Like a scary sequel to your favorite horror flick, we're back with another edition of ghost tracks. Every serious drag fan, of course, had a favorite haunt in his or her formative years, and many of them have passed away, leading to the sport that's sweeping the sport: ghost-track hunting.
And, naturally, the leaders in this field of haunt hunting are readers of this column, who have been so kind as to share their finds with us. Enjoy.
Lance Peltier grew up going to Southland Dragways in
"There were easily 30 or more strong-running Top Fuel cars from
The abandoned grandstands at right, now overgrown and choked with weeds, are remarkably still there, although the view is a little compromised. Weed whacker, anyone?
David Graves sent along these wonderfully sad shots from Dallas Int'l Motor Speedway, one of the true gems of the 1960s and
The dragstrip was 5,000 feet long, but what really caught the eye was the futuristic timing tower that rose five stories above the racing surface. On the first floor was offices and restrooms, and the second floor held the announcing deck. Security and monitor control were on the third floor, and the fourth floor was the exclusive International Room, a precursor to today's VIP suites. The open top story was for television cameras. Scoreboards at the top end gave fans the instant results and times of each pairing.
The dragstrip's racing surface was equally on par; qualifying at the 1969 Springnationals produced the sport's first all-six-second 32-car Top Fuel field.
"I have a very well-prepared proposal showing that the development that started with the dragstrip was to incorporate facilities for race teams (i.e., Brownsburg, Ind.), offices for SCCA and NHRA headquarters, auto dealerships, half-mile oval, 2.7-mile road course (which did get completed), service stations, hotel – the works," said Graves. "They had big dreams for this deal."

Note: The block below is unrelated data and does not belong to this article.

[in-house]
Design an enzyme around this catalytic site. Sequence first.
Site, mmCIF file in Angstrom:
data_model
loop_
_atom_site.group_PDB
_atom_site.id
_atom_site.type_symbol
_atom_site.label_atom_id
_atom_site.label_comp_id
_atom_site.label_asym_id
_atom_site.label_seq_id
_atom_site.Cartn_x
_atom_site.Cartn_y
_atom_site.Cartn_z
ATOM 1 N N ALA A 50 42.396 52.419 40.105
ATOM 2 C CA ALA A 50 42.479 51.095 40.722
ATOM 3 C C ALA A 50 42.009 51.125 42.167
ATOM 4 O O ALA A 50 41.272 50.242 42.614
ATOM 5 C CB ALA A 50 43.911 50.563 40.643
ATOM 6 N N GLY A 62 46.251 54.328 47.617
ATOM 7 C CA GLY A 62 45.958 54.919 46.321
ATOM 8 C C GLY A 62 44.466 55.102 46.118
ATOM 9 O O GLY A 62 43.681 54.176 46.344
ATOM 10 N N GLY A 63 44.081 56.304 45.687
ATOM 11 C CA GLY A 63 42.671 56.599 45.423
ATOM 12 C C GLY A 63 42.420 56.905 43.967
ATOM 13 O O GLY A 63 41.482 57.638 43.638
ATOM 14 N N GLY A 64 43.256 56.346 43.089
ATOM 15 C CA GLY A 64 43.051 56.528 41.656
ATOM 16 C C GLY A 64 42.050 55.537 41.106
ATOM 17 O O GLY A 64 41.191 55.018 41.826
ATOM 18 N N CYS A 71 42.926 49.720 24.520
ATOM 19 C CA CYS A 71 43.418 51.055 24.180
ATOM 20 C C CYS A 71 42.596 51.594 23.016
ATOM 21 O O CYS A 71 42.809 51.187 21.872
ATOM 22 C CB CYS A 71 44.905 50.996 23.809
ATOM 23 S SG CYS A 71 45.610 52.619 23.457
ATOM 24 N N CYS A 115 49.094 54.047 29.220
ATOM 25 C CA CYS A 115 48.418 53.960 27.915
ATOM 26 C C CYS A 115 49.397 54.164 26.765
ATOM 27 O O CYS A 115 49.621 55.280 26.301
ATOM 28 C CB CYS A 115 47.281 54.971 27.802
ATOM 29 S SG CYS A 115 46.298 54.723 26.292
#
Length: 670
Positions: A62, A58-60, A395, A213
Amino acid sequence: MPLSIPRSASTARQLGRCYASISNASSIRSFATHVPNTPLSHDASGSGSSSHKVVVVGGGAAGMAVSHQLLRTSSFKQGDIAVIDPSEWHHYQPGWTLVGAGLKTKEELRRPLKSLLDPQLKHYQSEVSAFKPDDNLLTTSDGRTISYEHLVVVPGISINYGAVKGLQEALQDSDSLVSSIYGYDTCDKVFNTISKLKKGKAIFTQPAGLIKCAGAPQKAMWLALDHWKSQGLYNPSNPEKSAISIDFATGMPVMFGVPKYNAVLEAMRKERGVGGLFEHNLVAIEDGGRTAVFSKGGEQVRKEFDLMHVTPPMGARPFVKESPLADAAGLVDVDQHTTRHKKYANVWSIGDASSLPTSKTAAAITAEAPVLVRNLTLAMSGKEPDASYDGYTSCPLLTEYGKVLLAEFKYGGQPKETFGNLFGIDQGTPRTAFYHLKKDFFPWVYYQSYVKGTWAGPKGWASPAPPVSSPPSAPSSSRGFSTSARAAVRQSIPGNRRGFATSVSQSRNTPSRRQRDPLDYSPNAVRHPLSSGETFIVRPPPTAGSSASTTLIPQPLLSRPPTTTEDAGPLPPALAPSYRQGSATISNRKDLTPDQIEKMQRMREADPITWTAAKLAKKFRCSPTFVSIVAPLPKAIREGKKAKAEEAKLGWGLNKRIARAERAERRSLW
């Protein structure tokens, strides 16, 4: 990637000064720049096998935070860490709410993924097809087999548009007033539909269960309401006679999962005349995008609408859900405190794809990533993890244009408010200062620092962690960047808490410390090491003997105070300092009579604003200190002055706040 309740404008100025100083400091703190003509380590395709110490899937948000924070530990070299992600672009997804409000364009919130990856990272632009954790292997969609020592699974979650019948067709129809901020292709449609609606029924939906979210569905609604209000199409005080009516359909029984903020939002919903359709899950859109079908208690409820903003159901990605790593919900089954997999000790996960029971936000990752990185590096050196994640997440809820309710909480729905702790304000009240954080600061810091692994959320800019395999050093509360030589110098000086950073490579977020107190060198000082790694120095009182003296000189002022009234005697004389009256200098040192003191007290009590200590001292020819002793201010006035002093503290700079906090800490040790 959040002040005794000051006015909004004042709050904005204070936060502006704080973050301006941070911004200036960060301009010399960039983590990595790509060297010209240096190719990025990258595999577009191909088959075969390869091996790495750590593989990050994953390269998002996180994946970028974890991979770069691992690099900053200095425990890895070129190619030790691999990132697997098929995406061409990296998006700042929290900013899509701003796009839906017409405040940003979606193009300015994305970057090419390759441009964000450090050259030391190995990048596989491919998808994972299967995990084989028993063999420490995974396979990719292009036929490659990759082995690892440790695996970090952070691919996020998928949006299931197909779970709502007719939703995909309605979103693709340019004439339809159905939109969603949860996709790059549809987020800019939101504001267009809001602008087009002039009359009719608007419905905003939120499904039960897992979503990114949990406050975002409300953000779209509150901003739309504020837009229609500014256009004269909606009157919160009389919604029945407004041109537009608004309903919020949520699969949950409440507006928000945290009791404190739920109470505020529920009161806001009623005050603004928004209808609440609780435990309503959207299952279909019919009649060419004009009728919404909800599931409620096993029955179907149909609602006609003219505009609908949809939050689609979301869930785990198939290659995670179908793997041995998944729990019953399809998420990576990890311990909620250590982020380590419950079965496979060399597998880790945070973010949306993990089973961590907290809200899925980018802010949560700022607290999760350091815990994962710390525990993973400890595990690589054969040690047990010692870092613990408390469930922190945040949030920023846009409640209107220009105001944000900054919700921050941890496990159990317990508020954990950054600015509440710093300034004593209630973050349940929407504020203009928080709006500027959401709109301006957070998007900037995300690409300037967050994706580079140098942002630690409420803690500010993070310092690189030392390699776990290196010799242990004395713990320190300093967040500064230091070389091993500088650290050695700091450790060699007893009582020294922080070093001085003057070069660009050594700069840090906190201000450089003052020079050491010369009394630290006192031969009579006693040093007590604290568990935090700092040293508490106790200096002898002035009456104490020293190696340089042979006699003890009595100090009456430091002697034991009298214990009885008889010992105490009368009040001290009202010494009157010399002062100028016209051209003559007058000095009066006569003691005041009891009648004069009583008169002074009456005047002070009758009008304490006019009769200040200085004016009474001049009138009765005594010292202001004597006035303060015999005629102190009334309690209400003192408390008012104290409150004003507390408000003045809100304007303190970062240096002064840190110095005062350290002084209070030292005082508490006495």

Things began to go sour for the facility in 1971. After multiple rainouts of non-national events forced DIMS to move to IHRA sanction for 1972, the fledgling sanctioning body's alleged "lack of promotional savvy" made things worse, and, eventually, Xerox, which held the land lease, sold the property in late 1973.
There is no trace of the facility left today, but you can see from the red rectangle that I so artfully drew here its approximately location.
"Cattle roamed the facility for years until it was leveled in the late '70s/early '80s," said Graves. "What is there now? That area grew into one of the hottest real estate markets in
Glen (no last name given) sent me to a Web site with pics from Fairmont Dragway, an eighth-mile NHRA track in